Developments That Could Change VR


Virtual reality has come a long way in the last few years. In 2015 we saw hints of the best headsets to come, and in 2016 these and others were rolled out to the public. So far in 2017 we’ve seen the expansion of the entertainment options that are available for these headsets, and we’ve seen the general public becoming more comfortable with the idea of VR. That said, the full “VR revolution” we've expected has happened just yet. These are still fairly new gadgets, and their emergence has been slow and steady rather than sudden and explosive.

That means that there are still a lot of improvements and changes that can be made to take VR to the next level. Here are just a few that could conceivably be around the corner.

Motion Issues Can Be Ironed Out

As impressive as some existing VR experiences already are, there are still some issues that players experience on a regular basis. The tracking of eye and head movements doesn’t always line up flawlessly with what’s happening on the screen, and some have even experienced motion sickness problems. Naturally, these are things developers will be looking to iron out, and it’s probably a matter of when, not if, more precise VR rolls out. A headset called FOVE VR, not as well known as the likes of Oculus or the HTC Vive, is already boasting about making eye tracking the next big thing. Expect to see more headlines like this in the coming months until VR becomes more reliable where motion and eye-to-screen interaction are concerned.

Apple Could Launch A System

Rumors about Apple’s VR ambitions persist, despite the fact that the company has revealed almost nothing. What we know (or think we know) is that Apple is working on augmented reality glasses, and that CEO Tim Cook has suggested he sees a brighter future for AR than VR. But it still feels like a stretch to assume that Apple will simply voluntarily withdraw from VR competition. More likely, the company is biding its time and attempting to come up with a product that can become an industry leader. We may find out later this year, in what’s expected to be a busy fall for Apple.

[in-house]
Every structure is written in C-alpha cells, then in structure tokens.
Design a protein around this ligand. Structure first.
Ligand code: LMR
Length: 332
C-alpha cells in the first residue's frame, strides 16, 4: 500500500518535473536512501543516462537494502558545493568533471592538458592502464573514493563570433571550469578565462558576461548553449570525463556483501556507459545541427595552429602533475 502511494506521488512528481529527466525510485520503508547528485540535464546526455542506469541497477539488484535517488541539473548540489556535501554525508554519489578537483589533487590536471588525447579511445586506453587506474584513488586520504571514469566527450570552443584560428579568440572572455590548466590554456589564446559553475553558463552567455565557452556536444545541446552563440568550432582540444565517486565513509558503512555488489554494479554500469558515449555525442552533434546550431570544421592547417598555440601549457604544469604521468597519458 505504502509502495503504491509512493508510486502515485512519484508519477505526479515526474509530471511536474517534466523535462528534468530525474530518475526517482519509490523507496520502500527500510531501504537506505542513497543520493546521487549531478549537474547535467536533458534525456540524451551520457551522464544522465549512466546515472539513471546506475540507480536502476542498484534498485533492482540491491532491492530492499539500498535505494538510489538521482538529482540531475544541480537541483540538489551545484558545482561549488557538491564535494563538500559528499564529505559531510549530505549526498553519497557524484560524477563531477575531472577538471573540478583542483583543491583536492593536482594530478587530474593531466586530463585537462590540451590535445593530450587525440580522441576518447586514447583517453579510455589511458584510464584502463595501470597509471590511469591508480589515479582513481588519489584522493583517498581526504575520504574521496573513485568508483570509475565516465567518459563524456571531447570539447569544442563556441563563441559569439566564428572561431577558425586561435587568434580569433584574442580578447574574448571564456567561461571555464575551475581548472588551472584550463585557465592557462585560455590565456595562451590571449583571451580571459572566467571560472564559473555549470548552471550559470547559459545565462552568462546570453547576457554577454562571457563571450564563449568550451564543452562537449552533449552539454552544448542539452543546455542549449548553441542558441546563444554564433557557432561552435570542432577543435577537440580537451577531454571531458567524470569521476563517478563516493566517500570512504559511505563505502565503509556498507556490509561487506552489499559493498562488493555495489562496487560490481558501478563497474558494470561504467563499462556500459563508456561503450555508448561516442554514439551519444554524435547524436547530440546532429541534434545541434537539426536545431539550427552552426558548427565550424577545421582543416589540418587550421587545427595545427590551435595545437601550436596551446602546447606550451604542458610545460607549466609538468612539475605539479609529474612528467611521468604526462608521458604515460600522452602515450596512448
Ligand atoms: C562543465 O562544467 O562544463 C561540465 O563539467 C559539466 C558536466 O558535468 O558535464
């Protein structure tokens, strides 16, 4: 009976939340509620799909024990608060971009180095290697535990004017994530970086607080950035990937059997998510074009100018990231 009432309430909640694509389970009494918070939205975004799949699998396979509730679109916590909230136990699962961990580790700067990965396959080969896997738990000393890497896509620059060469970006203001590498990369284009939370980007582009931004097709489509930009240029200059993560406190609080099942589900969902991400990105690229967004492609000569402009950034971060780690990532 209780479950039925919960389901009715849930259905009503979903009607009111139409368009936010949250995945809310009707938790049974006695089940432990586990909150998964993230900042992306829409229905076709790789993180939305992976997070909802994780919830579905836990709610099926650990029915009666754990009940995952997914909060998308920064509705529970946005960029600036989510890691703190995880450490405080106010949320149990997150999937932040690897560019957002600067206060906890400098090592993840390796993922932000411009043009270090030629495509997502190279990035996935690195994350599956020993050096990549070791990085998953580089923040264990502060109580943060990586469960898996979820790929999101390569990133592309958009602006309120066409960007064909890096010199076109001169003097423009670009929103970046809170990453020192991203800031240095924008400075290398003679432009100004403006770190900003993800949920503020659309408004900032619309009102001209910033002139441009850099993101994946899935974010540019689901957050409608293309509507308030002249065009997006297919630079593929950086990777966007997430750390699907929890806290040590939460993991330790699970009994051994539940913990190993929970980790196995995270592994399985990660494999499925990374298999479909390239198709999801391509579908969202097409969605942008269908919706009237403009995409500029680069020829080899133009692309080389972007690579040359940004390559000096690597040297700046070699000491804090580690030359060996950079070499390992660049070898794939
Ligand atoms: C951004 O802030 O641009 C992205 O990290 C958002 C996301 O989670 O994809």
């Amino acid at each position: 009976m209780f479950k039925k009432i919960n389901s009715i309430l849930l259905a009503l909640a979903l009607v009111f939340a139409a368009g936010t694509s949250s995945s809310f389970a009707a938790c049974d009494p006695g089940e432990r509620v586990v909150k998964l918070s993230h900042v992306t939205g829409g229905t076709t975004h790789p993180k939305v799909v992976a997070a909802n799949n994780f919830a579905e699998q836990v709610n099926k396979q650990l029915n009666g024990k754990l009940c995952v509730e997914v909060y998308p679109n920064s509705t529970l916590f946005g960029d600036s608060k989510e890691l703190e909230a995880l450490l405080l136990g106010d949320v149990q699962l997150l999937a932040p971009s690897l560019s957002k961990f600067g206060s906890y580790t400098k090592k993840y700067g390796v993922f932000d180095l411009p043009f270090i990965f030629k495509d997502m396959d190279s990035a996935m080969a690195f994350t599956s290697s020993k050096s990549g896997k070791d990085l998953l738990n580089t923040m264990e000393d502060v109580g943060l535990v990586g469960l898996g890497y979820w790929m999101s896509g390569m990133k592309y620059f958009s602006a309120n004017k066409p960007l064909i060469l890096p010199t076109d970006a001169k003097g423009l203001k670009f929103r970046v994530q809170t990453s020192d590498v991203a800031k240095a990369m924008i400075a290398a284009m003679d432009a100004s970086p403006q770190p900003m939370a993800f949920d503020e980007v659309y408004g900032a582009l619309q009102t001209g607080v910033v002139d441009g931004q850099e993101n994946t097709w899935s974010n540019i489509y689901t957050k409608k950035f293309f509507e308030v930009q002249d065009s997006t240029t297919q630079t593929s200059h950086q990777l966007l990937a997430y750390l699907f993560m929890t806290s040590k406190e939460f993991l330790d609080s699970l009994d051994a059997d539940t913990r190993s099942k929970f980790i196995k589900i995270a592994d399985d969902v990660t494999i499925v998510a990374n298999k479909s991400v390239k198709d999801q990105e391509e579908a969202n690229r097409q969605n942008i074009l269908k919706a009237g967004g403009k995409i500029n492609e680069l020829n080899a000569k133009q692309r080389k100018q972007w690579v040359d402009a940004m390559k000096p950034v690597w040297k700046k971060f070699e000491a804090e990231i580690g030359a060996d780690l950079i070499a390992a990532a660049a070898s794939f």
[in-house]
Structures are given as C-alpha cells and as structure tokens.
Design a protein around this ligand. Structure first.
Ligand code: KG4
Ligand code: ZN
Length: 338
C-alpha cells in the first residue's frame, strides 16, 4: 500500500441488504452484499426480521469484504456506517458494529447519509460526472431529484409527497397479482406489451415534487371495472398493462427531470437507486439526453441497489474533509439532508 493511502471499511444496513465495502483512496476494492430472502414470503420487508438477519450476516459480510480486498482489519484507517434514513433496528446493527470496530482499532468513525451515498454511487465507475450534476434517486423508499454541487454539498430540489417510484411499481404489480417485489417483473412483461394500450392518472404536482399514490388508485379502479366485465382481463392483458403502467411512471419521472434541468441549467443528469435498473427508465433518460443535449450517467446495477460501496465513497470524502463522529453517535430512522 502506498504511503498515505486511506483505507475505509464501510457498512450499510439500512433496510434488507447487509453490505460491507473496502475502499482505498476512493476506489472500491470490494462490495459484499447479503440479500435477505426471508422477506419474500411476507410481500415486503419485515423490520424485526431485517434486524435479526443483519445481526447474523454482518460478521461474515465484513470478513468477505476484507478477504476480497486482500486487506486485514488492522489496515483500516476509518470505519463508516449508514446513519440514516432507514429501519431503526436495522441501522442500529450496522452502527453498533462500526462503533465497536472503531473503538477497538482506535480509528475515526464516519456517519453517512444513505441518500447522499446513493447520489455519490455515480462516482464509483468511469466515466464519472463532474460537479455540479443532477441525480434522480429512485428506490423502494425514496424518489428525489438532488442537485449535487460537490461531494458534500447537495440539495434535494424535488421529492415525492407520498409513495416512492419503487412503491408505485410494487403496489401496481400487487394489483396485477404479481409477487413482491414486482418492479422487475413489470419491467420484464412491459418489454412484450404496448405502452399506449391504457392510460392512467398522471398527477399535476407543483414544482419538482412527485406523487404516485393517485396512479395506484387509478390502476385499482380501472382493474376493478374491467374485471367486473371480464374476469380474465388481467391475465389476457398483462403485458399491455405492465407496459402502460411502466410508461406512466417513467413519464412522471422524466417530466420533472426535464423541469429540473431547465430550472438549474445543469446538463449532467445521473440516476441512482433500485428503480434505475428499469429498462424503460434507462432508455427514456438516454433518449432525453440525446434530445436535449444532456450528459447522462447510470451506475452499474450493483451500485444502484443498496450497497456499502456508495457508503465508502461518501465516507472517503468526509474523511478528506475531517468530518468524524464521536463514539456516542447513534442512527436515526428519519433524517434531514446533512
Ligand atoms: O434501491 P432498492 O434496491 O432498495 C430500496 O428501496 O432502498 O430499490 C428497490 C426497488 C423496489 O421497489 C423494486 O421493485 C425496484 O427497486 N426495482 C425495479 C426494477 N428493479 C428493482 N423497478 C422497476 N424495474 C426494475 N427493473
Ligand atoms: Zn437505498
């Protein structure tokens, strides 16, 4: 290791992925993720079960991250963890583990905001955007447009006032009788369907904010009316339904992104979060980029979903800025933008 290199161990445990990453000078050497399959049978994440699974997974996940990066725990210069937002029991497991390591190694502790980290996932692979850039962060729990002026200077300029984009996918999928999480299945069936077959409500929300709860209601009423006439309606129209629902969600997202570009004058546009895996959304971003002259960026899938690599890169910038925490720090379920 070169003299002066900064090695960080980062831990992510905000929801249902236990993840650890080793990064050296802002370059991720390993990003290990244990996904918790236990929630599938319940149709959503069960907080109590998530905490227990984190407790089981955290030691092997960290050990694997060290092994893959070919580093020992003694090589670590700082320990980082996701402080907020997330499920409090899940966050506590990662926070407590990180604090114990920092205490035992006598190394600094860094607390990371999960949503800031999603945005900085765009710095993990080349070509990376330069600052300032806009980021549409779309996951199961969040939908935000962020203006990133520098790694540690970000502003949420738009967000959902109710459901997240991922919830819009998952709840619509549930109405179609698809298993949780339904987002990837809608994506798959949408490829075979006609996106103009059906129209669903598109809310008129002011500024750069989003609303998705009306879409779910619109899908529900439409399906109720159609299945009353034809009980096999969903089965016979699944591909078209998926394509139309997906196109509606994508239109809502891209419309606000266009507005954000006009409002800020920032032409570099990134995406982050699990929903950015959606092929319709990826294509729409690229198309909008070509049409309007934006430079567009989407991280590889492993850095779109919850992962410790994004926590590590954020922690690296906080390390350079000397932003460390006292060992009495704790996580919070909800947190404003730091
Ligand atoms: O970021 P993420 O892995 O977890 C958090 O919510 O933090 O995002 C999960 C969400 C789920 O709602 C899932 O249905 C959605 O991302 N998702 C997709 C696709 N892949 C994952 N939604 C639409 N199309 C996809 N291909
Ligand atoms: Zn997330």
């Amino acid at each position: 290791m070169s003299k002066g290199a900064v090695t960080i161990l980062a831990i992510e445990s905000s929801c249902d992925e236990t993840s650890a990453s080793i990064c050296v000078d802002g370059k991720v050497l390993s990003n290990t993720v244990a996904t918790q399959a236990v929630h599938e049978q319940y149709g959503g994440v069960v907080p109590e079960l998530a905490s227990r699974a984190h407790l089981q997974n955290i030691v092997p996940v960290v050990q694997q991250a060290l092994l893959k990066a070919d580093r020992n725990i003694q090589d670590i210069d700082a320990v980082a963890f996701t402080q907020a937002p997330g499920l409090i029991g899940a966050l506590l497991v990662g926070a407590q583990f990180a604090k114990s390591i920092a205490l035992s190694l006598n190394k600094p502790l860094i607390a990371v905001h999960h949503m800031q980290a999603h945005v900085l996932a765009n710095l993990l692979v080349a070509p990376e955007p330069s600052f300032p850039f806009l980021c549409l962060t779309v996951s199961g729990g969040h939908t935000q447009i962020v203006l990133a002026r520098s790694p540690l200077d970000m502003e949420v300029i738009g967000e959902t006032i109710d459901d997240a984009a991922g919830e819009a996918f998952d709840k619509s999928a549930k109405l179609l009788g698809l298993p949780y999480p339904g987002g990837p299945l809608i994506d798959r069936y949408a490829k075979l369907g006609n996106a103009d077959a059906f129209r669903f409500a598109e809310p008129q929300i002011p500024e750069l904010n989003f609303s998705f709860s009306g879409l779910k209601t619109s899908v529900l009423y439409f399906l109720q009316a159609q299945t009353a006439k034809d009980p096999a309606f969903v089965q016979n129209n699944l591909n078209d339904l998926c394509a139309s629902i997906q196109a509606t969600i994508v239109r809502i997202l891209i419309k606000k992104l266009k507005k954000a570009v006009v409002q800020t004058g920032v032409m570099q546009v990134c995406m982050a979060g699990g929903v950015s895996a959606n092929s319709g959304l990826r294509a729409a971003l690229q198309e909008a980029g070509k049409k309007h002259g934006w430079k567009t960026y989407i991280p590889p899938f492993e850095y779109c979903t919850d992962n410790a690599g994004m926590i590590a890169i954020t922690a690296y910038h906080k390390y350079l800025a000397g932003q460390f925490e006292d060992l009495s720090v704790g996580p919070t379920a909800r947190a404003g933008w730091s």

Casino Developers Could Tweak Their Software

The online casino industry is actually pretty intricate when it comes to how it operates on different platforms. Recent years have brought about significant growth in app-based casino games, and reading into how they’re built and operated it becomes clear that companies design apps specifically to take advantage of operating systems they run on, whether that's Android, iOS, Windows, or whatever is available. However, the underlying framework of the gaming options remains consistent, because it’s always popular. It seems like we won’t have to wait long for similarly adapted games to be built for VR operating systems, which means big business for the developers.

Price Ranges Can Be Clarified (And Lowered)

Right now, VR systems come with a somewhat problematic range of prices. Low-end options exist for $100 or less but are fairly limited in what they have to offer. Meanwhile, the top VR systems can cost $700 or more. PlayStation VR is somewhat in between the two, but it operates alone in this middle ground, and many might still consider it to be on the pricey side. One article from Tech Radar suggested that there need to be good/better/best solutions, offering clear tiers for different customers and preferences. This should come naturally as more systems are unveiled and perfected over time, but until then price remains a stumbling block for many consumers.

VR Accessories Will Emerge

As one post on the potential emergence of “VR Ecosystems” pointed out, CES indicated that some were already betting on VR as the next accessory market in tech. It’s hard to say exactly what this means beyond different types of controllers, but one can begin to imagine various treadmill-like stands or apparatuses meant to facilitate movement within VR games. We’ll have to see how far machines like these are ultimately taken for the home market, or if such an application would even be feasible.

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